Joining the Family (Film Review: “The Power of the Dog”)

An unnervingly suspenseful period family drama about two rancher brothers whose delicate yet dysfunctional relationship is toppled when one brings a widow and her son home to join the family. This can’t end well.

SnapShot Plot

In the mysterious and beguiling film, The Power of the Dog, one only has to pay attention to the brief opening narration in order to attempt some understanding of one of the most subtle movie endings in recent memory. In it, a young man named Peter talks about his love for his mother, Rose, stating his central mission in life is to protect her at any cost. Peter is played with an almost infuriatingly delicate and self-satisfied solitude by Australian actor, Kodi Smit-McPhee (who starred in Slow West, another Norma’s favorite, again in the Western genre). Rose is portrayed by Kirsten Dunst as a sensitive soul way too delicate herself for the culture of toxic masculinity which abounds in 1925 Montana, where the story is set.

The almost biblically opposite brothers, Phil and George, exist in an uneasy equilibrium in which Phil (Benedict Cumberbatch) browbeats his brother (played by Jesse Plemons) mercilessly yet seems so tortured by his own nature that no one really stands up to him. Phil is a menacing brute, and around him, George is rendered almost mute in his subjugation. Until the day that Rose and Peter enter their lives, after which nothing will remain the same. In Phil’s eyes, Rose and her son are conniving interlopers intent on stealing all he’s worked so hard to create, and what’s worse, besmirching the cherished memory of a macho figure named Bronco Henry who looms larger than life in Phil’s past.

In reality, Phil’s utter presence manifests as a simmering threat to Rose and Peter, who – unprotected by an emotionally absent George – react to their new surroundings in different ways. Rose takes solace in a self-damaging medium. Peter is much more calculating, as it turns out. Has Phil finally met his match?

Parting Shot

The film is based on the novel by Don Winslow and written/directed in character-driven subtleties by the legendary Australian filmmaker Jane Campion (The Piano; Top of the Lake). The Power of the Dog is a visually stunning piece of movie-making, with a score by Johnny Greenwood that achieves both Pathos and Suspense in such equal measure that you find yourself almost moved to tears while being creeped out as you nervously anticipate the worst kinds of violence, much of which is merely suggested rather than displayed.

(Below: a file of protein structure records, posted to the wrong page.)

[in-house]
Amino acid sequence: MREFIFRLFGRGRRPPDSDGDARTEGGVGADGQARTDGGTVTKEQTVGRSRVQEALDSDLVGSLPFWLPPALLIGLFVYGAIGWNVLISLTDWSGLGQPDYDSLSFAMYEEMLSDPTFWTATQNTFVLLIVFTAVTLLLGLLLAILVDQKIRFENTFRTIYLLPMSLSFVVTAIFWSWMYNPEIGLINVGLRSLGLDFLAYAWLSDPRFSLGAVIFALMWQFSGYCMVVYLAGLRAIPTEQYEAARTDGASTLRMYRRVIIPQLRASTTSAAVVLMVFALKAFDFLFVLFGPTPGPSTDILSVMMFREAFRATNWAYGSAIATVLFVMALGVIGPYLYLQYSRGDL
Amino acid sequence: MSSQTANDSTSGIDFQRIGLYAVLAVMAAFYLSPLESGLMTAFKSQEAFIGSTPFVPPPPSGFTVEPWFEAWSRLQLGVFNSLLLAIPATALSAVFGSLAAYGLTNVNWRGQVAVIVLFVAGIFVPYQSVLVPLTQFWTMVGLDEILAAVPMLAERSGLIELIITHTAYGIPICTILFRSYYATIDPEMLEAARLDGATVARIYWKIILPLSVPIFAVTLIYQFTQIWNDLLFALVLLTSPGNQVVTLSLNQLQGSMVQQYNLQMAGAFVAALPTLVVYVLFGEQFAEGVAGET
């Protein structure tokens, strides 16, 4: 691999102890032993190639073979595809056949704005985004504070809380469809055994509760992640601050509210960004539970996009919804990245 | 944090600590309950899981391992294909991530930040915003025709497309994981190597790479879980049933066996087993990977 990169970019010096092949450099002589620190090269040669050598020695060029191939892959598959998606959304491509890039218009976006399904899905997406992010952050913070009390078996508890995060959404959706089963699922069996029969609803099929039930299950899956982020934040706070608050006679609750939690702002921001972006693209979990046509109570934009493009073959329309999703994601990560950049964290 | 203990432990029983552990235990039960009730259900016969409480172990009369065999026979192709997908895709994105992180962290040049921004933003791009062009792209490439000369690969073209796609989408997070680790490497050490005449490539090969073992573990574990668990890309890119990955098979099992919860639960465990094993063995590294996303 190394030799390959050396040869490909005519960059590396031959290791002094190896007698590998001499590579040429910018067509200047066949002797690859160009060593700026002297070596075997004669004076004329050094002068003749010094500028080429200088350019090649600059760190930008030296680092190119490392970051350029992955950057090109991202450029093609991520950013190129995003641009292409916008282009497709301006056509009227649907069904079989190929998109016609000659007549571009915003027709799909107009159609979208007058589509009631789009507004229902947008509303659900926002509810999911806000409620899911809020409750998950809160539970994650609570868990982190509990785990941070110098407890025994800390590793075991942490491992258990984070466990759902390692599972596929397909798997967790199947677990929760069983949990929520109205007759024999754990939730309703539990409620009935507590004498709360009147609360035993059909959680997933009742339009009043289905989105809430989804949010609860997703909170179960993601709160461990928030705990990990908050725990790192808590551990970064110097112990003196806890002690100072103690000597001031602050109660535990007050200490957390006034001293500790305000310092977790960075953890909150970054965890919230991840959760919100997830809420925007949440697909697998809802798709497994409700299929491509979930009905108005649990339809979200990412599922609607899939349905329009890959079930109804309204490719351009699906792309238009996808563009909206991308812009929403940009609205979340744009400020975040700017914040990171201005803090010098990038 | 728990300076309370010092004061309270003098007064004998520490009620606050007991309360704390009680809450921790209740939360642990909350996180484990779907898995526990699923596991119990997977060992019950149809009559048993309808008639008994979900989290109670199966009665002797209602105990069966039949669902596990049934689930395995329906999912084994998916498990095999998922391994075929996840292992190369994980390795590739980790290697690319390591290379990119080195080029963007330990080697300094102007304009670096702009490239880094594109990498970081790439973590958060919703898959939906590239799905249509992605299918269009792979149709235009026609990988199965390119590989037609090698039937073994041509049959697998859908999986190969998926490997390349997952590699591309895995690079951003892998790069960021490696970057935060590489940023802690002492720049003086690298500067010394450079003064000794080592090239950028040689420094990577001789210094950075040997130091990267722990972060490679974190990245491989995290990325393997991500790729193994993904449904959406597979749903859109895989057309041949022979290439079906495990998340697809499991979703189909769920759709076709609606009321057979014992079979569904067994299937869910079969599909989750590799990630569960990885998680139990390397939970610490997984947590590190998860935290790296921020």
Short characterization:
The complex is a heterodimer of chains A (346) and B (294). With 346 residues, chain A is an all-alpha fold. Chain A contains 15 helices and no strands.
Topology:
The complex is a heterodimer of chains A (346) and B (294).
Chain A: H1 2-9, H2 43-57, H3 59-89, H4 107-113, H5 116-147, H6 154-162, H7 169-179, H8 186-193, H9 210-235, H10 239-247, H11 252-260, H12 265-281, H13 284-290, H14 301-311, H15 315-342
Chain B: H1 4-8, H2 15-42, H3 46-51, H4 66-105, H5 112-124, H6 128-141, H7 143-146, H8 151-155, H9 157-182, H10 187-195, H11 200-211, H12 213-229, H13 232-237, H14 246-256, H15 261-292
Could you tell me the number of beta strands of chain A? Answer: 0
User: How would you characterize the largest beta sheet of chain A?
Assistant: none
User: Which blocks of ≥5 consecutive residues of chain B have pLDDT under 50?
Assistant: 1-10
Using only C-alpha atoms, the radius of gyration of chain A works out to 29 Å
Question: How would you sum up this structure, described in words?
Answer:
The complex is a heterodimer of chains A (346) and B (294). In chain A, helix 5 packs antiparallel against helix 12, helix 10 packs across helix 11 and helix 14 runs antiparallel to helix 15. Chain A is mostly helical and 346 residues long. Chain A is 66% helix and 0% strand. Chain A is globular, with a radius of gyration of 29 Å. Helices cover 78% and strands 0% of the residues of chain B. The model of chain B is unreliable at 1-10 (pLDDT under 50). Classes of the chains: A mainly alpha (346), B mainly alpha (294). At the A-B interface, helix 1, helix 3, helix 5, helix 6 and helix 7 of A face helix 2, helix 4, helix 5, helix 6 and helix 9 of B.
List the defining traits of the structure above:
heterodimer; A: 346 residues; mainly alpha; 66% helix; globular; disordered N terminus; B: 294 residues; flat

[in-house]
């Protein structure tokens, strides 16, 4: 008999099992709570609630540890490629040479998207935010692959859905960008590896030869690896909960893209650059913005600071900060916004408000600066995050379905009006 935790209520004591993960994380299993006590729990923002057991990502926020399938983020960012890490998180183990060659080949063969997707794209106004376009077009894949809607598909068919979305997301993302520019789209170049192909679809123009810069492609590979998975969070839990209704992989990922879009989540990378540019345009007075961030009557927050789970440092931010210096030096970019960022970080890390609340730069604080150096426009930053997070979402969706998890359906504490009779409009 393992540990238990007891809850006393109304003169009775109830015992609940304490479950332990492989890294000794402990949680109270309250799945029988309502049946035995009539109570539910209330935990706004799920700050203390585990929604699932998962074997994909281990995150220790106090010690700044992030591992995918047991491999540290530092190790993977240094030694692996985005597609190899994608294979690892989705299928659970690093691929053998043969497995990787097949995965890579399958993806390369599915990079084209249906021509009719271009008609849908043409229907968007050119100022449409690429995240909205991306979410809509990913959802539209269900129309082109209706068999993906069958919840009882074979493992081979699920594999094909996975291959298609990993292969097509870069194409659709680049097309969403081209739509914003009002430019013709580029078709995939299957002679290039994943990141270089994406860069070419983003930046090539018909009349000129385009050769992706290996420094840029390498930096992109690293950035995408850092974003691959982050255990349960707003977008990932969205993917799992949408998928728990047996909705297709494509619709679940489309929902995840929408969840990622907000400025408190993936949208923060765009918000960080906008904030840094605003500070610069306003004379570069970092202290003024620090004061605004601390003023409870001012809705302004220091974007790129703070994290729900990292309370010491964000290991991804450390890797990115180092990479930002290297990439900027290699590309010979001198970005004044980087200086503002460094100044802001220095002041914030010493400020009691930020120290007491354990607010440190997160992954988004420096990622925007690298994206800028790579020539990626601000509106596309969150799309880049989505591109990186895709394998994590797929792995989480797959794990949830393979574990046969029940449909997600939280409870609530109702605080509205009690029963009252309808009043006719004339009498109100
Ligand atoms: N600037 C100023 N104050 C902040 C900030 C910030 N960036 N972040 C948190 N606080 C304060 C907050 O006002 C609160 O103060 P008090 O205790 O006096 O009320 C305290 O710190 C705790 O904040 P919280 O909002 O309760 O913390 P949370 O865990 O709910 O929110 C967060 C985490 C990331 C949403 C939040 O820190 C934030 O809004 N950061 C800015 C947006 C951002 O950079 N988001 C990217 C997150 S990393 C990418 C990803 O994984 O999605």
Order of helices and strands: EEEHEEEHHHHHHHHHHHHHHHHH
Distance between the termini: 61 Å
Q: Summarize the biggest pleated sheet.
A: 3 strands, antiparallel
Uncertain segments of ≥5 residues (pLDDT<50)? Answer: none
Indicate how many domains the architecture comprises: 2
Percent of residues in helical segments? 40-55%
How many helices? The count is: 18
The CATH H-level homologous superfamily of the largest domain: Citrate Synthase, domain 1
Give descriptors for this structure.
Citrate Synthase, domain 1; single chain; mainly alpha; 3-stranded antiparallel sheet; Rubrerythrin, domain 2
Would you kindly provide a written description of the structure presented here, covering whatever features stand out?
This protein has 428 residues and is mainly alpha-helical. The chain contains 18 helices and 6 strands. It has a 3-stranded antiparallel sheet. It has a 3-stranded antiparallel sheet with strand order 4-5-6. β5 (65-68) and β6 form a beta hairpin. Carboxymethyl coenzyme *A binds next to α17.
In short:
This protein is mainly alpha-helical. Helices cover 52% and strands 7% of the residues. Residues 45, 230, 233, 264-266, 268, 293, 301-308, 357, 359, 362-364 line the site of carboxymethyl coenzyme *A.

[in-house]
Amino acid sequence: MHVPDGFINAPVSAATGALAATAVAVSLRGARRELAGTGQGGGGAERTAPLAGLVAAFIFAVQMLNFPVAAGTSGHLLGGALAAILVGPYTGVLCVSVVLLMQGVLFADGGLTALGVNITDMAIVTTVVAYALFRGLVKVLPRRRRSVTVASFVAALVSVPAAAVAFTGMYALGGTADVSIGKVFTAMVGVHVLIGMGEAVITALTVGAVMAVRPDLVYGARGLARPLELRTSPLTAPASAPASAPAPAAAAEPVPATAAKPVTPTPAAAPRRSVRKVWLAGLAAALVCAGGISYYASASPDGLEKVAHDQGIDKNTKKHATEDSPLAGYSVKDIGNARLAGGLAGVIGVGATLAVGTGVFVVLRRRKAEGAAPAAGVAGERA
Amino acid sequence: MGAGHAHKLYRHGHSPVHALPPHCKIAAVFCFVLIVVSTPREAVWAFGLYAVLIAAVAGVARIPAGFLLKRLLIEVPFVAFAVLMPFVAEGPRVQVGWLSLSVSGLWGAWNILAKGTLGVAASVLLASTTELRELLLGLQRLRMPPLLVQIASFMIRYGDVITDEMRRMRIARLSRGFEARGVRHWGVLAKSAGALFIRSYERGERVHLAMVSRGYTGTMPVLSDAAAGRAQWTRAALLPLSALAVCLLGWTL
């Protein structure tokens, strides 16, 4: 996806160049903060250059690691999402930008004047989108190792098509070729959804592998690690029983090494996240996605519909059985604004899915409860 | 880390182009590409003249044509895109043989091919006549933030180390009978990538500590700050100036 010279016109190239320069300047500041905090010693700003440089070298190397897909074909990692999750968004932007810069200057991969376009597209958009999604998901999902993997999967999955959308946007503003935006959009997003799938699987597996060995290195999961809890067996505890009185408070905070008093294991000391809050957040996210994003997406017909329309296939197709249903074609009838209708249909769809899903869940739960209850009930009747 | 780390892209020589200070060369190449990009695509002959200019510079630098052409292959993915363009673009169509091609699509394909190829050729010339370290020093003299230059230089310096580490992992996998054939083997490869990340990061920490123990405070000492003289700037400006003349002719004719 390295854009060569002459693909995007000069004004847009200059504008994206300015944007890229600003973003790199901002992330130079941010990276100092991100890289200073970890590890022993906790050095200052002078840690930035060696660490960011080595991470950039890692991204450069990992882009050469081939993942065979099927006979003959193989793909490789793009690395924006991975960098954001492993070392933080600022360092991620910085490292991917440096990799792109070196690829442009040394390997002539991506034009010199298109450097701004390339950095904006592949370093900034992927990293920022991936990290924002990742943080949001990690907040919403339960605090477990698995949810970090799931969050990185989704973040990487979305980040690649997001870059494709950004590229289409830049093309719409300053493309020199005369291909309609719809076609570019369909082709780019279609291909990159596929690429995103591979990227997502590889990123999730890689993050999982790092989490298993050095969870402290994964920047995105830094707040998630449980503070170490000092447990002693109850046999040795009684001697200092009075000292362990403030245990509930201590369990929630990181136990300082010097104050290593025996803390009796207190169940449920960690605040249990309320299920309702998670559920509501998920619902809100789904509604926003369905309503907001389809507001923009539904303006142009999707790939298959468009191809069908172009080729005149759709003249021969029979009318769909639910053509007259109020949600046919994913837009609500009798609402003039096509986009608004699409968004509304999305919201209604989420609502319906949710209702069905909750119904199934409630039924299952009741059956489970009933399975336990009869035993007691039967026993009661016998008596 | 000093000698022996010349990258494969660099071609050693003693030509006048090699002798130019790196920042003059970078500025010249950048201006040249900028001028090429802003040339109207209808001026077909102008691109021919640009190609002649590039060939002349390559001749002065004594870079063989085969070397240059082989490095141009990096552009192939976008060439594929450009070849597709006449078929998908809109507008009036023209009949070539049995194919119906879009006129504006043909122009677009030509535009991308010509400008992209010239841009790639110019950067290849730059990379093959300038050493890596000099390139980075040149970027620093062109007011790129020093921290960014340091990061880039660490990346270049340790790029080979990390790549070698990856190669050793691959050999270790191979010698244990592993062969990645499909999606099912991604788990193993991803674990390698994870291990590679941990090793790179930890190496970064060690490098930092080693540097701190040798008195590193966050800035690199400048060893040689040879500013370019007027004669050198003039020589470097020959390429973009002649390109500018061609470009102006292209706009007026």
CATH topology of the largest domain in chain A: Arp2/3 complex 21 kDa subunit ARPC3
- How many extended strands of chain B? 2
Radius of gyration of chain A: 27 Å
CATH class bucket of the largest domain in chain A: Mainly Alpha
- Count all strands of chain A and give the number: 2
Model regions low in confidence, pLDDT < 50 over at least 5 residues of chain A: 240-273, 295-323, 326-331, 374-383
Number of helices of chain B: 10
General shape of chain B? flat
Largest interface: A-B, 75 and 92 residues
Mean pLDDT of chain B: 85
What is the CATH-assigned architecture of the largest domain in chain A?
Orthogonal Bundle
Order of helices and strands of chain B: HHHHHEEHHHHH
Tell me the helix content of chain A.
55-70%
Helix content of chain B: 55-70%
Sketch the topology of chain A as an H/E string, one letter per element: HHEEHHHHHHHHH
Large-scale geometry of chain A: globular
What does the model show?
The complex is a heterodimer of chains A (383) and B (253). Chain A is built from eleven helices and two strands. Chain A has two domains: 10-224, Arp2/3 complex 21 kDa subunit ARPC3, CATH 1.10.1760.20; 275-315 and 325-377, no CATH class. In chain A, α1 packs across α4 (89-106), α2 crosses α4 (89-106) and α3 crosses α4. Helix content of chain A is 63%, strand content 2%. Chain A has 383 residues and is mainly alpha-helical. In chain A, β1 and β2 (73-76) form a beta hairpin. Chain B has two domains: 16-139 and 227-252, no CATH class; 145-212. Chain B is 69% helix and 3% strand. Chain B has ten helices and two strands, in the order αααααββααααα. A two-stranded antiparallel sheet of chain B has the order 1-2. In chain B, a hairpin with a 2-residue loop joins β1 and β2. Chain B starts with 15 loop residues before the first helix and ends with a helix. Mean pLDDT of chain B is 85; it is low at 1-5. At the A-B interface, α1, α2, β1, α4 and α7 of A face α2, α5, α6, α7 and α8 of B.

The underlying theme of repressed homosexuality, distilled into a toxic blend with the overlaying of macho masculinity, is perfectly expressed in this film. In Ari Wegner’s cinematography, the harshness of the environment and the roughness of ranching life are portrayed in awe-inspiring, starkly beautiful landscapes which suggest so much of the romanticization of this world and the creations of countless legends across the generations.

A word about Benedict Cumberbatch, who may have single-handedly made this very fine film into something great. Cumberbatch is proving himself one of the greats of his generation, capable of imbuing any character – both human and comic book – with truly visceral gravitas. His Phil is a study in self-loathing fury masquerading as butch bravado, capable of so much but crippled by forces both social, religious and political. . . clearly imprisoned by the sexual mores of his day. And yet he cannot escape scrutiny or judgment for the torture he himself inflicts on those around him.

The ending of The Power of the Dog is so subtle and mysterious it might just slip by until you realize what may have really happened. At which point you start puzzling some of the pieces of the past together to form a particular kind of picture that leaves you both impressed and saddened, in characteristically strange and symbolic ways. It’s a quiet resolution that resonates deep within.

The Power of the Dog is presently streaming on Netflix.

Norma’s Streaming Picks is proud to partner on a fantastic site for Baby Boomers, Midcentury/Modern (presently known as Pandemic Diaries) as well as right here at home. I invite you to go there for more great content!

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